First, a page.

1%er’s Daughter

His name was Dangerous Dan and he was my Daddy’s best friend. I didn’t care much for him because he didn’t like kids too much, and being 4-years-old, that meant me. But he was nicer to me than my siblings because I knew how to behave with my Daddy’s friends.
They called my Daddy “Scary Larry” and he called them his “Brothers”. There were so many that came to our home, I could never keep track of them all. They rode what we children called choppers, had tattoos of naked women or snakes on their suntanned arms, and smelled of cigarettes and the road. They came to my Daddy to do business and work on their motorcycles in our garage.He had the best garage of all of the Brothers, or so I would hear them say.It was 1969 in Southern California.  Daddy ran a “home based” business which was somewhat of a mystery to me, but I knew that he was well respected and well liked. Dangerous Dan seemed to be at our home daily, working with my Daddy on this “endeavor”. We often had the “Ol’ Ladies” stay with us, sometimes for months at a time, while their “Ol’ Man” went up North. I often wondered what “up North” meant, but I knew I didn’t want to go because it sounded like a real bummer. My mother was a wonderful hostess for the ladies, as they would all stay up for days at a time, painting the ceiling, making macrame and other crafts, chattering all night.My days and nights often got mixed up, because I never left our home. Weeks would pass that I never went anywhere but our backyard with my dog Clarence, a 125 lb black German Shepherd/Alaskan Malamute mix.  Clarence was my best friend, spending most of his time between me and my Daddy’s friends. He seemed to know the nice ones from the mean ones, growling and baring teeth at anyone who he deemed unsavory.

I would wake up at odd hours of the night, wander into the kitchen to find Daddy talking to his Brothers, and crawl into his warm, loving lap. Wide awake, all I wanted was to cuddle with him, smell his skin, and let him feed me his treats of Screaming Yellow Zonkers and Hershey Kisses.  Seemingly uninterrupted, the men continued their discussion, smoking cigarettes and drinking beer. I knew not to interrupt them, but be sweet to them if they spoke to me. Daddy would pet me, stroking my hair in his special Daddy way, keeping his attention on the important business of his Brothers.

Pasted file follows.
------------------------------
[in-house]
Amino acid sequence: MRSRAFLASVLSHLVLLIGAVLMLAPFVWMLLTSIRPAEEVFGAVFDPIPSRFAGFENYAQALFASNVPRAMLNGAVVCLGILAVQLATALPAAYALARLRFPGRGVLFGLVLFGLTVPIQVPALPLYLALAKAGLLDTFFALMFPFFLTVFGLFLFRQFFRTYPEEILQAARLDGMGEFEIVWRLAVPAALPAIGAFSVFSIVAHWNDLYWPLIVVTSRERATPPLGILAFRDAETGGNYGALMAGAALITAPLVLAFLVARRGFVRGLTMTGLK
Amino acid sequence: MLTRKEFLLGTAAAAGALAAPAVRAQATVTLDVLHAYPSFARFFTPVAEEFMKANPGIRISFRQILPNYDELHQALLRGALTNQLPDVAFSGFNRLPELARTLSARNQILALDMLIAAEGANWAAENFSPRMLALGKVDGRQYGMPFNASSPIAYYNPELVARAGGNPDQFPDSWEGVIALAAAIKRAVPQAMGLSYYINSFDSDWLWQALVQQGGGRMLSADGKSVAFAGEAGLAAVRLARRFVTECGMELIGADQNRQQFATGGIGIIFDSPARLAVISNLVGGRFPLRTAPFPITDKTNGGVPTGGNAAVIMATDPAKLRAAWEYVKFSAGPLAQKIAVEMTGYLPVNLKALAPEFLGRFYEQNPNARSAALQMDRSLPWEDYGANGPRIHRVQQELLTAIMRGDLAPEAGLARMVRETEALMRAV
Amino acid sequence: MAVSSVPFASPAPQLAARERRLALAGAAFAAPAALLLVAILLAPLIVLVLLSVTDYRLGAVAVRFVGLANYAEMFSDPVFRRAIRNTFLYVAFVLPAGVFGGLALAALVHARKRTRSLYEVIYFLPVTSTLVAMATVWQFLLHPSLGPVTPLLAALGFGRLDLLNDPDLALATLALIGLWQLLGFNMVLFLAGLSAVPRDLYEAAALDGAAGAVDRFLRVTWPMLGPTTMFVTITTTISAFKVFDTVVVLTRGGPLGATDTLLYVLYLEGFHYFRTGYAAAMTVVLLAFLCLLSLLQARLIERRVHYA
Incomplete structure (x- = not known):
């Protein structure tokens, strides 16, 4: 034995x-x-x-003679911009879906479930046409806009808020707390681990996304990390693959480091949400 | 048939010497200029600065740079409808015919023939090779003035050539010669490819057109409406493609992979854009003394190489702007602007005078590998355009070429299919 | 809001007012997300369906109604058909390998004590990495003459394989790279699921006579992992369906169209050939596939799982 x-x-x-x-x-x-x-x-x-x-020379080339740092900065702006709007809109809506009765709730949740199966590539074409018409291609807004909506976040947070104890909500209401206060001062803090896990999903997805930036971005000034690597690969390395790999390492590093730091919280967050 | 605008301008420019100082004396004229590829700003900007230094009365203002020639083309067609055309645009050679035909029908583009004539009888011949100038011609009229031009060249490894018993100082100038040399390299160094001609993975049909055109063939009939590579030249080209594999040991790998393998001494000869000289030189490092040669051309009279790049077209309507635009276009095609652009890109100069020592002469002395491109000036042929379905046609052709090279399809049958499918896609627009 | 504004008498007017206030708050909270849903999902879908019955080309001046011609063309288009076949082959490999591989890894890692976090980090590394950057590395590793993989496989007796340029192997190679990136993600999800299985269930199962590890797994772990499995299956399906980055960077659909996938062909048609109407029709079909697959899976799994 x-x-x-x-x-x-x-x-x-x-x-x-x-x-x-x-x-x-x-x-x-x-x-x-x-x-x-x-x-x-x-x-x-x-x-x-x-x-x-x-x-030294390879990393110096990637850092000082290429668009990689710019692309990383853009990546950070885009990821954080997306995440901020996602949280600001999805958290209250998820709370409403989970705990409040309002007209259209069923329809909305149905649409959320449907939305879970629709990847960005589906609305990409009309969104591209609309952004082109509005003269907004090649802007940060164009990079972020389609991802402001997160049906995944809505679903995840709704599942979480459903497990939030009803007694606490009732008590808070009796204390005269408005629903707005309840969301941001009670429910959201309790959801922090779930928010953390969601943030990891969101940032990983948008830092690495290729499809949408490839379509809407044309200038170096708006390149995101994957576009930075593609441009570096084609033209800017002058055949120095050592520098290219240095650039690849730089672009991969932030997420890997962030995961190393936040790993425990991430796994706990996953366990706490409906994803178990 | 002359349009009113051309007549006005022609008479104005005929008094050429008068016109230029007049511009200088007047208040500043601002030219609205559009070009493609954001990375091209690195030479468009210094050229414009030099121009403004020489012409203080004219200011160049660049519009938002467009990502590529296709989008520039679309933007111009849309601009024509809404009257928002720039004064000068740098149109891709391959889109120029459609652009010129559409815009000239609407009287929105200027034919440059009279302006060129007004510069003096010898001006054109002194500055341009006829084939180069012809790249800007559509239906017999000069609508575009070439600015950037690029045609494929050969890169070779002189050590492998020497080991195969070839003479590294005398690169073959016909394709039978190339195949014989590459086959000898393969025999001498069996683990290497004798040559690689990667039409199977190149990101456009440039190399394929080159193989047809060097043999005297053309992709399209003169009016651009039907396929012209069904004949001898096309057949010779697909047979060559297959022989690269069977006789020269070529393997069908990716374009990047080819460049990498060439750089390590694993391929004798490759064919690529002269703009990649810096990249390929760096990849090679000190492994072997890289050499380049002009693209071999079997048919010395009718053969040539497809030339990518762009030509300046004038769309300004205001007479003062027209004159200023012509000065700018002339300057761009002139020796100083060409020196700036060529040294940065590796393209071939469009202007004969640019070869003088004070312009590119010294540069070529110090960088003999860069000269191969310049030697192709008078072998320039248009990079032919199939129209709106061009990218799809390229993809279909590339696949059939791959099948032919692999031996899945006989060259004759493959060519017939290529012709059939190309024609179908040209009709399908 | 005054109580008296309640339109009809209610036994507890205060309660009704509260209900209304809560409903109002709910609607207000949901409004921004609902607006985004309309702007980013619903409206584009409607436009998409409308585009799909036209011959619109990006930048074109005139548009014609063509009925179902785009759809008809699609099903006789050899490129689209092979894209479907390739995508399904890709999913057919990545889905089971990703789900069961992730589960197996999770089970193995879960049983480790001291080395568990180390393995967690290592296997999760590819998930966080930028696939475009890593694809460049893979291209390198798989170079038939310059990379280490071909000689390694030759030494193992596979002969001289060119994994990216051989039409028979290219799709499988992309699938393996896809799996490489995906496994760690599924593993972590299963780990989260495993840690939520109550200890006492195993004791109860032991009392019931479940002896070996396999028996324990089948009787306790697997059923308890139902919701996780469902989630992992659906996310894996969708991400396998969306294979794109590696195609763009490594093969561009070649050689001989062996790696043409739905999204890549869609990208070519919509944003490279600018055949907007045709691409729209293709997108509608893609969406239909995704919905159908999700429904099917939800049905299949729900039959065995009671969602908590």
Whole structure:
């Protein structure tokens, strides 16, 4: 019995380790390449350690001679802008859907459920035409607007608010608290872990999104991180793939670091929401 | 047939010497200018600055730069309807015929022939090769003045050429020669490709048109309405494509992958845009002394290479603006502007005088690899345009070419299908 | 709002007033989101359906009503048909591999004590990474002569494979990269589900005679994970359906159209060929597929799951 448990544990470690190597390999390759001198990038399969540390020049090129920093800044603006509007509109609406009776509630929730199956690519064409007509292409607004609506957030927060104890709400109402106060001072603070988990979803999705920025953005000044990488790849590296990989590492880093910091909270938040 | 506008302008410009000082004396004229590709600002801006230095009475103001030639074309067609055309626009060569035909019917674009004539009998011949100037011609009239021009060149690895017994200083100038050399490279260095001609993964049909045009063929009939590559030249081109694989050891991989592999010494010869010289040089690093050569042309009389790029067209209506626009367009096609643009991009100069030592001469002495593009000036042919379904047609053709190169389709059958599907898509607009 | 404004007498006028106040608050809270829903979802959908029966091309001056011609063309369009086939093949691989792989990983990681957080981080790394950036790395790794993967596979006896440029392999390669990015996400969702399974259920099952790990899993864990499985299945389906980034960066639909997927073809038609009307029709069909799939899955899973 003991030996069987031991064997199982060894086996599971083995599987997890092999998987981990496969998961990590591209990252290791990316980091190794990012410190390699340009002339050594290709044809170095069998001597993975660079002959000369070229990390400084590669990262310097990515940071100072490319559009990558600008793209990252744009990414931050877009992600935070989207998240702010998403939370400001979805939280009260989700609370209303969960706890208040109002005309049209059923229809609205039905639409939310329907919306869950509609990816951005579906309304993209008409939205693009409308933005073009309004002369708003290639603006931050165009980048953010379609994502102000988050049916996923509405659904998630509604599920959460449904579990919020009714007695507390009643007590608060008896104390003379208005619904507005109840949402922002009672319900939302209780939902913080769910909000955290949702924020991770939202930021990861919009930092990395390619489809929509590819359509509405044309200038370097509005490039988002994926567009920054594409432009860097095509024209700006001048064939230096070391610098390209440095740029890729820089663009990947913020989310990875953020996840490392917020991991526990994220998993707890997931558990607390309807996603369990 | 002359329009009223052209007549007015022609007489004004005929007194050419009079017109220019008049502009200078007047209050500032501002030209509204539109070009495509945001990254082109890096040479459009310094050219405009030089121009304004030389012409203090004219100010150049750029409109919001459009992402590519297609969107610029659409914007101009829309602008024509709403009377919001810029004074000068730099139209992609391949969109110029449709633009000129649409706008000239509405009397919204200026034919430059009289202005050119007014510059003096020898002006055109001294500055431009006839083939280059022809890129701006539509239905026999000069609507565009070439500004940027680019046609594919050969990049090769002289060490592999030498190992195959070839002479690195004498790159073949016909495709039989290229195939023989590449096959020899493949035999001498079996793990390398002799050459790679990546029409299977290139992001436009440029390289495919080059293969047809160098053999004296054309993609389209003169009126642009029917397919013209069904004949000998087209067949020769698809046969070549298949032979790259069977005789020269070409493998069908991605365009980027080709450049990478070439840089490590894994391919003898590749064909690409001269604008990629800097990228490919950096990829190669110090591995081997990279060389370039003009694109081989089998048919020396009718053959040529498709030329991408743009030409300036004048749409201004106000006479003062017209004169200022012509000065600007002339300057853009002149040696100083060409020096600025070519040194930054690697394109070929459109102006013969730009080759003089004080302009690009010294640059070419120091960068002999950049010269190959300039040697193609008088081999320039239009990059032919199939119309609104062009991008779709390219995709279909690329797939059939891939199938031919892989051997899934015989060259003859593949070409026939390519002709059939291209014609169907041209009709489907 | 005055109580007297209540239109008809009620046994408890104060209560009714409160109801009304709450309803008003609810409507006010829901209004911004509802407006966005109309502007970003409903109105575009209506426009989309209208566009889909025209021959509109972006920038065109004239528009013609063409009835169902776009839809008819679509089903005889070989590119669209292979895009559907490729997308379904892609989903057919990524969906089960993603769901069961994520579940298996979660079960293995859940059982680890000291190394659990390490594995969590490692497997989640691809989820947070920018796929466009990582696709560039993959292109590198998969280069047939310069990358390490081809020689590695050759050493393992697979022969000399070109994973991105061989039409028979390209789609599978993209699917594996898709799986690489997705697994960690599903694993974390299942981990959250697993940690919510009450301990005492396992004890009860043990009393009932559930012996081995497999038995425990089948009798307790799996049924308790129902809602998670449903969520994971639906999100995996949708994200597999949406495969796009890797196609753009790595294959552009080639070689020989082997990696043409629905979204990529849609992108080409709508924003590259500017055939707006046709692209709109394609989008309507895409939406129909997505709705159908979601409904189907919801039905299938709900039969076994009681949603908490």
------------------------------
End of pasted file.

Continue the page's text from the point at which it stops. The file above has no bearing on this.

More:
He and his Brothers all belonged to the same club and they all rode motorcycles; American made, of course. It seemed sacrilegious to ride anything else to these men. They all enjoyed working on their bikes in Daddy’s garage because he always had extra parts for them. I remember milk crates filled with gears, carburetors, heads, and nuts and bolts of every kind, stacked up against the wall.

At 4-years-old I knew to treat Daddy’s friends with respect, never speak until spoken to, be sweet and pretty at all times, and to never judge a book by it’s cover. Just because someone dressed poorly, it didn’t mean they didn’t have money for nicer things. I would often see these shabbily dressed men pull enormous rolls of $100 bills from their pockets while buying things from Daddy. And many of them were really kind, even the ones who looked really mean.  I trusted Clarence the Dog to sort out who I could be sweet with and who I should avoid.

I learned that dressing nice was for the Ol’ Ladies and little girls, that no one ever touched any one else’s motorcycle without permission (and little girls never had permission unless they rode with Daddy), and that the men were in charge. I learned that my Mom only answered to my Dad, but she was polite to all of the men, even the one’s she didn’t like. I learned that if the men were talking, the women went somewhere else. But as Daddy’s Darlin’ Baby Girl, it made me feel special to be the only female to sit in on the kitchen table discussions.

What I also learned about the Brothers was that they were incredibly loyal to one another. If a Brother needed something, they banded together to help. If an Ol’ Lady needed a home for a while, or someone was getting “hassled by The Man” (who sounded like a real bad guy), the Brothers would come to our kitchen table and talk about it, making a plan of action. It seemed unacceptable to let a Brother down, or ignore his or his families needs.

My parents divorced when I was 5-years-old, and I didn’t get to see Daddy nearly as much as I wanted to. When I went to visit him, I often saw his Brothers come and go, and the rules I knew at the tender age of 4 still applied. In his home a sign hung over his television for the entire 50 years of my Daddy’s short life.

“Brothers Are Forever”

I like to think of him riding down a long, open highway with Dangerous Dan, wind in their faces, sun shining on their cuts, and the familiar roar of Shovelheads beneath their dirty Levi-clad behinds, heading to assemble their Brothers for a heavenly ride.

Big Thank You! to our friend Sash Mouth for this great article!
Age 5 with Daddy Sash Mouth
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